Fr’nklin has an interesting post here on whether we are trying to plant the gospel in bad soil.
He quotes Neil Cole as he writes:
So, if we’re planting our churches in the latest and greatest upscale subdivision…more than likely, says Cole, we are planting good seed in bad soil. However, this seems to be the default of church planting: plant your church in a nice neighborhood with nice people where you can make a nice income and your kids can have nice friends and you can have a nice budget to do the things that nice churches do. We seem to be searching for those few “camels” who can fit through the “eye of a needle” so that they can pay for us to live like them and have the things that God “needs”.
What kind of people does the Bible describe as “good soil”?
1 Corinthians 1: 27But God chose the foolish things of the world to shame the wise; God chose the weak things of the world to shame the strong. 28He chose the lowly things of this world and the despised things-and the things that are not-to nullify the things that are, 29so that no one may boast before him.
So what’s all that mean for a missionary in aspirational middle class suburbia?
Is this a dead end trip?…
Should we just pick up and go where there are some people a bit more willing to hear?…
I think if nothing else it causes us to question how we use our limited time. He goes on to say that ‘Cole doesn’t suggest we should abandon planting churches in bad soil, but that it shouldn’t be our focus.’
So… is suburbia ‘bad soil’ territory?
In terms of hard to reach people groups, I reckon middle Australia is right up there with the toughest. When people believe that they have ‘almost made it’ and just a little more will see things right, the gospel message of self denial and cross carrying is pretty unattractive.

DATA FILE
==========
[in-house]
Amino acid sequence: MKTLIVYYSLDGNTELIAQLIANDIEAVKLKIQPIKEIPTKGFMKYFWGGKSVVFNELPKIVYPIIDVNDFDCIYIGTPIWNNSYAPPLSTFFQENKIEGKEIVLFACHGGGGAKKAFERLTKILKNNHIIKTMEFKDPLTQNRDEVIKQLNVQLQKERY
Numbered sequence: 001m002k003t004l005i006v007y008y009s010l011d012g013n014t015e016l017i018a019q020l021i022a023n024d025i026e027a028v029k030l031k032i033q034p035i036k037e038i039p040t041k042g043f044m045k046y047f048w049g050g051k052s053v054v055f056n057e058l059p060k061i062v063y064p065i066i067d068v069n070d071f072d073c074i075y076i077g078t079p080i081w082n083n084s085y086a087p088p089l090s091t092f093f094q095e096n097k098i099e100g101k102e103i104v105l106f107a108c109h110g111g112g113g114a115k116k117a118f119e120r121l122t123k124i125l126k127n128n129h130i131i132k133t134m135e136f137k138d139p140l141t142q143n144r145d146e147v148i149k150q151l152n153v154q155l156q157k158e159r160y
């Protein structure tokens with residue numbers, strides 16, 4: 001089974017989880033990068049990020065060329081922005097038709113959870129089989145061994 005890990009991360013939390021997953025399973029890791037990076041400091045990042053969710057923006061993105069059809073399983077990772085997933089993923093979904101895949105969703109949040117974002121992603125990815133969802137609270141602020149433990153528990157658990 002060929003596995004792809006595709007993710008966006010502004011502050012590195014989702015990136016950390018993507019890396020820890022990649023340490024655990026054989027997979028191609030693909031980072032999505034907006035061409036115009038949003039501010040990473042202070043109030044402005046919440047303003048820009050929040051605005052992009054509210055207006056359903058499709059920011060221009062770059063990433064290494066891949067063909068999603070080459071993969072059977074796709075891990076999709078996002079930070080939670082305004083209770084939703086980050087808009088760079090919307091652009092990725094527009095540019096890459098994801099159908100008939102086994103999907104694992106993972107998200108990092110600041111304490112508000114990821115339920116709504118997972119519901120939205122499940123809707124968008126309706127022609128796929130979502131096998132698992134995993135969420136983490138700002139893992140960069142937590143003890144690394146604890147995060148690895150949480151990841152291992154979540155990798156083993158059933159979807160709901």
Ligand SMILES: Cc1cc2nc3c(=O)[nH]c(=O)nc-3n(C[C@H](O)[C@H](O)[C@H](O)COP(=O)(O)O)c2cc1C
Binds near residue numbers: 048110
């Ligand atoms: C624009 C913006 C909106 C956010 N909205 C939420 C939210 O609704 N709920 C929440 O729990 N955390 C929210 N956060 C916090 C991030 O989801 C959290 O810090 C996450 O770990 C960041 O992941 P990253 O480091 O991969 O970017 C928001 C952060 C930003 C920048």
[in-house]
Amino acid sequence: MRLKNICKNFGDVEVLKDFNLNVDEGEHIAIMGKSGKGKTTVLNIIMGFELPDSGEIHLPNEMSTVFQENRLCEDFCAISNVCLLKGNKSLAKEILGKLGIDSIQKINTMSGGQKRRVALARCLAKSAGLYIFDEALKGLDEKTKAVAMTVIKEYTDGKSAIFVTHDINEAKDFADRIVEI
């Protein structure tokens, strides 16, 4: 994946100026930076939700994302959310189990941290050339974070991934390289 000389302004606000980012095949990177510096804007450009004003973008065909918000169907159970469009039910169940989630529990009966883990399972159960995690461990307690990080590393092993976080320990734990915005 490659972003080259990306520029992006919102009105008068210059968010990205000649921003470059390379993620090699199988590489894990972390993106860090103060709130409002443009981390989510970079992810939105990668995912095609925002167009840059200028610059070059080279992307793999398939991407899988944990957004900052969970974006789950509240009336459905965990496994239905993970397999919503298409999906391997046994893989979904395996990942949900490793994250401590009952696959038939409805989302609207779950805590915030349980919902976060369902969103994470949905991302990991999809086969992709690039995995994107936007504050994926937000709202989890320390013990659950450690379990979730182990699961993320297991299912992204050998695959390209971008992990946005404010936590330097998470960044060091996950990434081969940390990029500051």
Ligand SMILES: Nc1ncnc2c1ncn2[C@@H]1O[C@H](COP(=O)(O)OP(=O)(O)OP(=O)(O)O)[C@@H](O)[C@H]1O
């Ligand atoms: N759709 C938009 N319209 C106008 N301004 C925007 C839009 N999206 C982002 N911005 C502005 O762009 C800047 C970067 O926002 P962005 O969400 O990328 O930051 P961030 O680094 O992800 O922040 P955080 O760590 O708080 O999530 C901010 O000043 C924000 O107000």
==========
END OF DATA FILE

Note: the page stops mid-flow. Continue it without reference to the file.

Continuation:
Of course middle Australians want their kids to have good values and to grow up ‘nice’ so we could look to snare them that way… but… I just don’t see Jesus or Paul functioning like that. Can you really imagine Jesus runing a kid’s ministry to ‘get the parents’? as I sometimes hear suggested. You have to admit it doesn’t sound much like him does it?!
I don’t think there’s any question that in a secular world its pretty tough to compete with the religion of consumerism, especially when our own lives are so infected and we live with such a high degree of syncretism. If we follow Cole’s message then we ought to put less focus on middle Australia and more on those who recognise their need and who are open.
My problem is that middle Oz makes up the great bulk of the population and someone has to have a crack at reaching them – not just running church services for Christians as good as they may be – but genuinely connecting with people in their worlds and pointing them to Christ.
Some days I would rather work with what might seem a more ‘open’ demographic, but my guess I that while the grass may look a bit greener elsewhere, the mirage of ease would soon evaporate when I arrive. I imagine that mission to different people groups simply presents different challenges and at the end of the day the key question for me is always the same.
Where has God called you to be?
When you know that the rest is pretty much a case of just getting on with it.